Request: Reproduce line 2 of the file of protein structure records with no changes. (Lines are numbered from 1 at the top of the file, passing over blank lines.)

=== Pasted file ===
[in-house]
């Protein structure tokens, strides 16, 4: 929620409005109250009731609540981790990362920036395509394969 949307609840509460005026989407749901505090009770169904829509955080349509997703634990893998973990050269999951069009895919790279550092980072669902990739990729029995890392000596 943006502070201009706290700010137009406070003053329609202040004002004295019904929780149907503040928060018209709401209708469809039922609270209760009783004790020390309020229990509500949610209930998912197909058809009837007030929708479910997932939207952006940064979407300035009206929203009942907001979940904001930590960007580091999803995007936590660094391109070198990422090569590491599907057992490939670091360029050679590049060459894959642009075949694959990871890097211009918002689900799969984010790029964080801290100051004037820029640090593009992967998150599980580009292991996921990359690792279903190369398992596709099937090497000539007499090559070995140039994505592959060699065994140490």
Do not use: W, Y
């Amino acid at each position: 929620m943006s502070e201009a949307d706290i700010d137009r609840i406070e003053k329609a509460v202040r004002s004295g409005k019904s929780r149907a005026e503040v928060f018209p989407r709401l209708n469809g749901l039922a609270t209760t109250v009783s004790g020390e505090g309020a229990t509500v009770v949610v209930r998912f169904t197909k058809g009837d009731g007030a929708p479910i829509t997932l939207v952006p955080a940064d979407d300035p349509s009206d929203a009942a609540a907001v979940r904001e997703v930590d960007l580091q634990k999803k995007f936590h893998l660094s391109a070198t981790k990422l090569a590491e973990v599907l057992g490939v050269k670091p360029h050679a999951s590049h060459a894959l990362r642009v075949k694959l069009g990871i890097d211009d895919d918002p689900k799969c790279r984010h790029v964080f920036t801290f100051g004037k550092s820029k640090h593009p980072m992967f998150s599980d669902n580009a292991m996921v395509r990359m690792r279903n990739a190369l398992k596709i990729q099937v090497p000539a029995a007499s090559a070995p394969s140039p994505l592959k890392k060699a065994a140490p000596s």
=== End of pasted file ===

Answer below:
């Protein structure tokens, strides 16, 4: 929620409005109250009731609540981790990362920036395509394969 949307609840509460005026989407749901505090009770169904829509955080349509997703634990893998973990050269999951069009895919790279550092980072669902990739990729029995890392000596 943006502070201009706290700010137009406070003053329609202040004002004295019904929780149907503040928060018209709401209708469809039922609270209760009783004790020390309020229990509500949610209930998912197909058809009837007030929708479910997932939207952006940064979407300035009206929203009942907001979940904001930590960007580091999803995007936590660094391109070198990422090569590491599907057992490939670091360029050679590049060459894959642009075949694959990871890097211009918002689900799969984010790029964080801290100051004037820029640090593009992967998150599980580009292991996921990359690792279903190369398992596709099937090497000539007499090559070995140039994505592959060699065994140490």